LDA Legislative News – November 2017

Disability Advocates Oppose Tax Bills

LDA has joined the Consortium for Citizens with Disabilities (CCD), with LDA and around 100 national disability organizations as members, to oppose current efforts to rewrite federal tax laws.  A large majority of CCD members opposed the House bill and now are expressing the same serious concerns about the Senate’s Tax Cuts and Jobs Act.  The coalition has focused on the fact that crucial health, education, and other federal programs that impact the lives of individuals with disabilities will likely need to be cut deeply to compensate for proposed decreased federal tax revenues of more than a trillion dollars.

Earlier this year CCD released a set of principles to guide the consideration of any significant changes to the tax code. The Senate bill currently under consideration violates virtually all of these principles.  Among other principles, the letter to the Senate addresses the following:

  • Process: CCD supports an open, transparent, bipartisan legislative process with opportunity for review by and input from legislators, advocates, and other stakeholders. The Senate Finance Committee, with jurisdiction over tax policy, did not obtain the usual cost estimates and impact statement on the bill from the non-partisan Congressional Budget Office before Committee passage and held no public hearings on the bill.  CCD maintains a bill of this complexity and impact on a large portion of the population should have received even more scrutiny than usual before being sent to the full Senate.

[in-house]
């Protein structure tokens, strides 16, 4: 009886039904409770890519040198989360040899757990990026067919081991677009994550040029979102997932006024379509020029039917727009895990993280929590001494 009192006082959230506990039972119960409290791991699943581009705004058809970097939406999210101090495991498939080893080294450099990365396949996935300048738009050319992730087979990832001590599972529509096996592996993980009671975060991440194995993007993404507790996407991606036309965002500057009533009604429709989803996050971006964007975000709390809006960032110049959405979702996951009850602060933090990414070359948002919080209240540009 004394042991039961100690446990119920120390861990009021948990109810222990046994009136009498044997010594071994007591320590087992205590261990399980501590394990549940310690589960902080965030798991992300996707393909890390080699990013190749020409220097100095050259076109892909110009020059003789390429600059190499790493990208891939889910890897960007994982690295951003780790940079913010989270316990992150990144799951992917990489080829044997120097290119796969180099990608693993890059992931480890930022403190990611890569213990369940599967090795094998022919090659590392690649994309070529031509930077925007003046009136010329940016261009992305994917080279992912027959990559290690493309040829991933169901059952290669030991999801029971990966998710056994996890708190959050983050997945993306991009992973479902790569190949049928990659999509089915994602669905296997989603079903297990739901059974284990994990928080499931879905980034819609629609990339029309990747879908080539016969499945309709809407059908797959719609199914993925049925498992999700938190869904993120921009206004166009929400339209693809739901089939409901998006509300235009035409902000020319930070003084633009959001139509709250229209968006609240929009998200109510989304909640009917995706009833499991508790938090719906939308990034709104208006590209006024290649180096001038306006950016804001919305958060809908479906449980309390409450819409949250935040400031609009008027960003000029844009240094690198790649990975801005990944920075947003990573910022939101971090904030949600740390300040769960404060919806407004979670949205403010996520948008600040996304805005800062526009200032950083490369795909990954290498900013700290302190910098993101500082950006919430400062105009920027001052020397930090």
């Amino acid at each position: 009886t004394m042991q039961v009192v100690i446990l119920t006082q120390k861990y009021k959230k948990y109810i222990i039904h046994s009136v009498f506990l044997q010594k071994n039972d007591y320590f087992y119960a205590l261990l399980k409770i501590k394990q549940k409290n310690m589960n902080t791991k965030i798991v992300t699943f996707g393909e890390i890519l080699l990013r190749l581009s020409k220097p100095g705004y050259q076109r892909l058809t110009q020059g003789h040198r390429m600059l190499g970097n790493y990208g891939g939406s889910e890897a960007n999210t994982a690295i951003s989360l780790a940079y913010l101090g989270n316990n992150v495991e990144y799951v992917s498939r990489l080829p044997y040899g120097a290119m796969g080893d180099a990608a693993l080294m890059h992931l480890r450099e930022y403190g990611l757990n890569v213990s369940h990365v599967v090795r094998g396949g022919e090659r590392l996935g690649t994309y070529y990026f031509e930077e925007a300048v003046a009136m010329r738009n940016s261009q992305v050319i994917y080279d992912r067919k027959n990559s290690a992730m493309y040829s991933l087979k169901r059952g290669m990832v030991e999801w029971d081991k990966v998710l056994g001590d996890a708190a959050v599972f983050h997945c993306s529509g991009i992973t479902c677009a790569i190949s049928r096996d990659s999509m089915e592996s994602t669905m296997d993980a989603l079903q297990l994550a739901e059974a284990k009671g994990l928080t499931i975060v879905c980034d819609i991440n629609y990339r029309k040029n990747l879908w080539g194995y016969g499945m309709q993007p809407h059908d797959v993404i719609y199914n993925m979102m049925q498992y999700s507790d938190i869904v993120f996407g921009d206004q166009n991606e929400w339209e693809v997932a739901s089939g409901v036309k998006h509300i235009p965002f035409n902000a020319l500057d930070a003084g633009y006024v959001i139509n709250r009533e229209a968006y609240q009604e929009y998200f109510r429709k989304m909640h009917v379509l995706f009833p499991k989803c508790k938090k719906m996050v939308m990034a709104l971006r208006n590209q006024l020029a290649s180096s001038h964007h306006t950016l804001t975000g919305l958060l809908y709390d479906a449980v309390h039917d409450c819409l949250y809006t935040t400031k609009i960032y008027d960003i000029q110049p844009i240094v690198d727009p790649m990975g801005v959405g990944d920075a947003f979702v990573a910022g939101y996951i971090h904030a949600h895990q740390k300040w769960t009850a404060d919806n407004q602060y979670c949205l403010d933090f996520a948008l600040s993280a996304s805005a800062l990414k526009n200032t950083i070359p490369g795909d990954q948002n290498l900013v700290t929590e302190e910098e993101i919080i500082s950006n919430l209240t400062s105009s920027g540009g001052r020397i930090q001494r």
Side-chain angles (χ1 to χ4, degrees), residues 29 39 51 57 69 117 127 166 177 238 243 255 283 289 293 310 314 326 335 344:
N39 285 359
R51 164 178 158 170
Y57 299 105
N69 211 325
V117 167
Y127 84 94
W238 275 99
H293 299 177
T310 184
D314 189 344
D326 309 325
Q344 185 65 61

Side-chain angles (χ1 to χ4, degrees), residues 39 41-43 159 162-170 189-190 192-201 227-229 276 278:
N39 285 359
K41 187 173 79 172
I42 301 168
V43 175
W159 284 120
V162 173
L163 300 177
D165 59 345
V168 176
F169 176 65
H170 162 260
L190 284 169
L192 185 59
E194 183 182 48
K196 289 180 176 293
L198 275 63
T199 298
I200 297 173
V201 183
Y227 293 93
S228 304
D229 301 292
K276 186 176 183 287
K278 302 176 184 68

• Paying for Tax Reform: CCD opposes paying for corporate or individual tax cuts through cuts to programs such as Medicaid, Medicare, Social Security, the Individuals with Disabilities Education Act, or other federal health, education, and social service programs that support and assist all Americans, including individuals with disabilities.  The CCD principles make clear individuals with disabilities do not just accept these supports, but also operate and are employed in businesses, contribute to their communities, and are taxpayers themselves.  Cutting the very programs that help individuals with disabilities to be active members of society is counter-intuitive.